All over the world, no matter what the language, race or geography, people “don’t watch TV” or at least they complain about it. The Hispanic market is not the exception, and let’s not forget that every subgroup feels that TV represents “the other:” Too Caribbean, too Mexican, too Norteña, too Colombian, too Castillian, and on top of these divisions, there’s the lower class and upper class/”snob” dialect, etc. So don’t get caught in this mess; there are real differences among the Latino subgroups, but there is a bigger difference between all Hispanics/Latinos and the “mainstream in the United States. It’s your job to celebrate that difference to drive attention to your brand.
Are we there yet? Marketing focused agencies now and then and AGAIN
In the beginning, marketing-focused agencies were kings. And it’s easy to understand why marketing executives in the general market needed to see every decision completely justified in their ads, since this was completely new. That was then and this is now: We don’t need to justify 100% of what you see in our ads. So again, please stop treating marketing and research as if they were Holy Cows. Or your competition could mark your brand as a T-bone or more appropriately, “carnitas.” If you don’t think it has changed, and you need more confirmation, consider that “Inglés sin barreras” is selling Spanish courses on Hispanic television! There you can see a grandma (obviously) saying “M’ijito, sí lo escuchará su abuelo.”
Some guidelines if you’re still new to this
OK, this is just a guideline. I’m sure everybody has their own question to add, and I invite you to do so on some form of social media (I don’t quite get why they’re called “social;” every communication media is social by definition).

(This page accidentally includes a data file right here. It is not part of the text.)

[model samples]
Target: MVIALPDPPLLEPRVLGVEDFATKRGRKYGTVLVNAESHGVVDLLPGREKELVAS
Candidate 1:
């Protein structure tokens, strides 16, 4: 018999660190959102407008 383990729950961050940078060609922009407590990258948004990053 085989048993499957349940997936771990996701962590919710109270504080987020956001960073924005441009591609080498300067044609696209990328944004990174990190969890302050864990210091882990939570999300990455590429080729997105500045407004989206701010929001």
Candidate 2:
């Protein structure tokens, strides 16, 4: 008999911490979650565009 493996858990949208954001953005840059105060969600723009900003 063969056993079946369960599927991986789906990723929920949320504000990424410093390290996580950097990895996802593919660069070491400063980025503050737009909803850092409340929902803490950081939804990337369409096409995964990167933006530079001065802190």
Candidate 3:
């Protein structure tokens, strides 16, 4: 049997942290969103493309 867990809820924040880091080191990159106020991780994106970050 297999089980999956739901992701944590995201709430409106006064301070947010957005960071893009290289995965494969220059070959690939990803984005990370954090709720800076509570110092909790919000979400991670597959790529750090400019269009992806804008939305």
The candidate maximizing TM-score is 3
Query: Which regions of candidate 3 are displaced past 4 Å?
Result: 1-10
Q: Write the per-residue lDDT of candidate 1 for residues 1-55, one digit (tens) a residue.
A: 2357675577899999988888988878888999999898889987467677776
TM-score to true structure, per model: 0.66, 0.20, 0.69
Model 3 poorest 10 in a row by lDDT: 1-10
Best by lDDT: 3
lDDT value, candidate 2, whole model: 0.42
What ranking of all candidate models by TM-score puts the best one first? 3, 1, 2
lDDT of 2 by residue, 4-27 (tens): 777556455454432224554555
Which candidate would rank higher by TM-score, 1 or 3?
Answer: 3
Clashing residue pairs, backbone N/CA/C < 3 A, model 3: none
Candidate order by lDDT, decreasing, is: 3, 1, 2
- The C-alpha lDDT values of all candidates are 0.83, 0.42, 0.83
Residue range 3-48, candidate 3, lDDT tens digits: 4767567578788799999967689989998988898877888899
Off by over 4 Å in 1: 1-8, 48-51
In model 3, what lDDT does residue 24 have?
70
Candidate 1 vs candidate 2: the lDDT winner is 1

What language should I use to address my Hispanic target?
Which is the more adequate channel?
How much should I invest in this segment?
How should I adjust my message to get it across to this segment?
Should I create products or brands only for Hispanics?
I can’t go far from the DNA of the brand but should I stay close to the general market campaign?
Again, why should I care?
If you’re still reading this article, chances are you already care. The purchasing power of this Hispanic market has almost doubled since 1990 and it’s projected to reach 2 trillion by 2020. If you’re in a multinational company and you have offices in LATAM, you know that the United States is now the biggest Latino/Hispanic market in the world. On top of that, we also have a North American Academy of the Spanish Language or ANLE for advice. Hardly anyone has heard of ANLE, probably because few have imagined there was such a thing as official “U.S. Spanish.” So here goes my first style question for the ANLE: Is it appropriate to say “¡Órale che!”? Or is it just to soon? (Órale che = Let’s go, dude, mixing slang from México and Argentina).
By Pablo Carpintero
I’ve won a few international awards with pieces that were really published! And with real clients! I’m a hands-on, concept-driven, Creative Director/Copywriter. I began my career as a copywriter in Argentina working for multinational ad agencies and independents too. I then worked for several agencies all over the world with my laptop in Argentina (yes, the Internet was created for me.) After doing this, I felt ready to move to the United States to continue my career working for agencies in the general and Hispanic markets. I have over 15 years of experience in print, radio, TV, web, mobile, video and social media.